During its investigation, the committee raided the headquarters of suspected radical organizations to gather evidence that these organizations advocated the overthrow of the government. Among the organizations raided were the Russian Soviet Bureau, the Rand School of Social Science, the left wing section of the Socialist Party, the Industrial Workers of the World (all located in New York City), and 73 branches of the Communist Party. Using search warrants in the raids, the committee seized thousands of documents from these organizations, retaining the originals (or making copies) for examination and, in some cases, for inclusion in its final report. In addition, the committee seized financial records and membership lists and shared them with local district attorneys throughout the state, who, on the basis of the lists, indicted many individuals on criminal anarchy charges. The investigation also involved committee investigators who observed mass meetings held by suspected radical groups and reported to the committee on the makeup of the audience and the content of speeches.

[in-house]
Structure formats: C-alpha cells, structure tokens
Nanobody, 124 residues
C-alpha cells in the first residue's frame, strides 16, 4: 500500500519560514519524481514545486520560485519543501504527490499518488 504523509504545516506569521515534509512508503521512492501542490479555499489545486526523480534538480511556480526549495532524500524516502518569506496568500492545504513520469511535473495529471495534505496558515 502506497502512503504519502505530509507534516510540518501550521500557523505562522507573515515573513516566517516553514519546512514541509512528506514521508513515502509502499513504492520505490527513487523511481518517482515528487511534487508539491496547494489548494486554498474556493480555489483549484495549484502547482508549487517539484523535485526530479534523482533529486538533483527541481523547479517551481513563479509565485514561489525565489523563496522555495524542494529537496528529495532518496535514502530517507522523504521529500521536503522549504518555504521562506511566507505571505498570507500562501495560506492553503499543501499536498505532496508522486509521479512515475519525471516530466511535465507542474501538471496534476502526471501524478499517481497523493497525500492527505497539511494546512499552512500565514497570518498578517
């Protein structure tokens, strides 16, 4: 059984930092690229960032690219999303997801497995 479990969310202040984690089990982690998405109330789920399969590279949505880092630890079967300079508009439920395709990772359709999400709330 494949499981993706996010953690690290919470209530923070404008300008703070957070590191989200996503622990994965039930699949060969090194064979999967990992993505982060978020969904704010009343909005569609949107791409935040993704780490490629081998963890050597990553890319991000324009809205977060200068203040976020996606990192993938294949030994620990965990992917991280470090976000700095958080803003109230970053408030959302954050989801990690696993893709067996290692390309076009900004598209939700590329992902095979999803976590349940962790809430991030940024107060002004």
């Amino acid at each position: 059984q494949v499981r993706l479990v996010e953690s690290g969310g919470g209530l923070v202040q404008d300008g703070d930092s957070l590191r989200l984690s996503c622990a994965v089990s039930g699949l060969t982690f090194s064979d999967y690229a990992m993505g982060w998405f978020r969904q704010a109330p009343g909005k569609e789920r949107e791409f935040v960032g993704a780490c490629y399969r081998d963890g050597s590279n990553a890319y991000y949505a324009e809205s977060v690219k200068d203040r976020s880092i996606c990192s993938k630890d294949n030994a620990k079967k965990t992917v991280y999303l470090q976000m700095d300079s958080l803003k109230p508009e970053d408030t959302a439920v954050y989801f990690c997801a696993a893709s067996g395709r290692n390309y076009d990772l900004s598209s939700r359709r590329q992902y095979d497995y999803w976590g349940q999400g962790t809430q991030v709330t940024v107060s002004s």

In conjunction with the raids, the committee held a series of public hearings and gathered over 3,000 pages of testimony. Individuals associated with these organizations were subpoenaed to answer questions about their activities. Much of the testimony was given by the State Attorney General, local law enforcement officials, and private detectives who provided evidence on various aspects of the investigation of radical activity.

THE COMMITTEE'S REPORT. On April 24, 1920, the committee submitted its four-volume report to the State Senate. Entitled Revolutionary Radicalism: Its History, Purpose and Tactics, the first two volumes of the report detailed the development of radical and left wing movements in Europe and the United States and discussed how radical organizations used propaganda to spread ideology and promote seditious activity, particularly in the United States.